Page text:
Poverty, Water, Climate Change, & Health in Sub-Saharan Africa

As described below (see other project summaries), the Multidimensional Poverty Assessment Tool (MPAT) was created in two phases (from 2008 to 2014) via a collaborative, international initiative to develop, test, and pilot a new tool for local-level rural poverty assessment. The work was guided by a Sounding Board of experts from the International Fund for Agricultural Development (IFAD), other United Nations agencies, international and regional organizations, and universities around the world (see Following MPAT’s finalization and institutionalization in 2014, it was used in multiple countries including many in Sub-Saharan Africa. We are currently working on multiple desk-based studies with a variety of collaborators to analyze data from ~7,000 households across Eswatini, Kenya, Lesotho, Mali, Tanzania, and Zimbabwe. Because MPAT was developed based primarily on data from Bangladesh, China, India, and Mozambique, one study we are leading is an updated assessment and evaluation of MPAT’s indicator structure and robustness based on its use in the sub-Saharan region. Other studies we are working on focus on a cross-county analyses of MPAT’s water, climate change, and health focused components and sub-components, and related programs and interventions. We anticipate publishing a number of papers on this research in 2024.

Wastewater Surveillance & Epidemiology at Multiple Scales

As of 2022, our research efforts have primarily focused on wastewater-based surveillance (WBS) and epidemiology in rural settings, with the overarching goal of developing improved methods and guidelines for the implementation of responsible, reliable, and ethical WBS for rural communities. The foundation of this effort was established during the 2020/21 academic year, when Dr.s Pruden & Vikesland in Environmental Engineering led an initiative with collaborators across Virginia Tech (and at HRSD) to collect and analyze wastewater samples from different buildings and sites across the university campus with the goal of developing a coronavirus disease-2019 (COVID-19) surveillance program. WBS has been used by many other research groups, as well as wastewater utilities, to monitor SARS-CoV-2 (i.e., the virus that causes COVID-19) trends. Our primary research objective for that study was to evaluate the use of WBS and epidemiologic methods to monitor and predict SARS-CoV-2 virus trends at sub-sewershed scales. Using pre-specified analyses, we showed that the detection of SARS-CoV-2 genes in wastewater samples was associated with statistically significant increases in COVID-19 cases 8 days after sample collection. We published our methods and findings from this research in 2022. In the summer of 2022, our research group – in collaboration with VT faculty members Pruden, Vikesland, Krometis, students in their groups, and Dr. Taniuchi’s group at UVA – initiated a WBS research study in partnership with a utility in southwest Virginia. We started a monthly sub-sewershed sampling campaign in September 2022 (photo is of a composite sampler at the wastewater treatment plant), which was completed in August 2023. We anticipate publishing initial findings from this research in 2024, and are currently working to build and expand on these efforts at other sites in 2024 and 2025, in collaboration with the Virginia Department of Health and others.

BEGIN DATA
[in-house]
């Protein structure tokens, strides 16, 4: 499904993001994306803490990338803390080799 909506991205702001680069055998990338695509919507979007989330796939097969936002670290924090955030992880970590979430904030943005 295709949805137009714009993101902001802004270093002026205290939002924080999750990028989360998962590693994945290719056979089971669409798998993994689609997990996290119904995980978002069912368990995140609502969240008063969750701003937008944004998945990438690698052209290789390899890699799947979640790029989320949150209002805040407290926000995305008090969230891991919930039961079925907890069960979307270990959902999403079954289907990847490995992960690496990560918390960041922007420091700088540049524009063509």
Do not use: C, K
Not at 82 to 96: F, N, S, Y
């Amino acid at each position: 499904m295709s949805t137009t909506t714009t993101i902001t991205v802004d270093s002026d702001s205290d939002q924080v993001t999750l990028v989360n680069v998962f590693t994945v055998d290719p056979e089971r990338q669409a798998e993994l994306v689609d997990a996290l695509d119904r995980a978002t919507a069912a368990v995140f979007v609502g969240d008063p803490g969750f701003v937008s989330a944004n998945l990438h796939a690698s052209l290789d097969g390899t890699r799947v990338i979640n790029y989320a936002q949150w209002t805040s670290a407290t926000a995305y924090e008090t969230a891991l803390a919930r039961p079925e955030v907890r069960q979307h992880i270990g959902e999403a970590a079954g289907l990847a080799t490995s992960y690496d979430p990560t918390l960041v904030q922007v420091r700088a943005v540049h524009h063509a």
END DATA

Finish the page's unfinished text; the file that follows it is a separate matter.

Refinement & Finalization of the Multidimensional Poverty Assessment Tool (MPAT)

Following the release of the working-paper User’s Guide for the Multidimensional Poverty Assessment Tool (MPAT) in 2009, a number of agencies and universities used the beta-version of MPAT in a variety of settings. In order to finalize MPAT and develop a comprehensive User’s Guide and associated resources, we built on the lessons learned from early adopters of the the tool (e.g., an NGO in Kenya) and iteratively used and evaluated the tool with IFAD-supported projects in Bangladesh and Mozambique. Details on the participatory expert elicitation methods we used are provided in a Journal of Development Studies paper. We developed an Excel-based data entry platform so users could easily calculate MPAT’s indicators at household, village, and project levels. We also wrote a comprehensive, 300+ page, 2014 MPAT User’s Guide which provides step-by-step instructions for using MPAT as well as training modules and materials, all with the goal of making MPAT an accessible open-source tool. The User’s Guide and accompanying resources were presented at a 2014 launch event in Rome. Since its 2014 release, MPAT has been translated into a number of languages, an optional 11th component focused on climate change was added, and MPAT has been used by a variety of agencies and institutions around the world. MPAT publications and related resources are available at

Wastewater & Coastal Environmental Health in the Philippines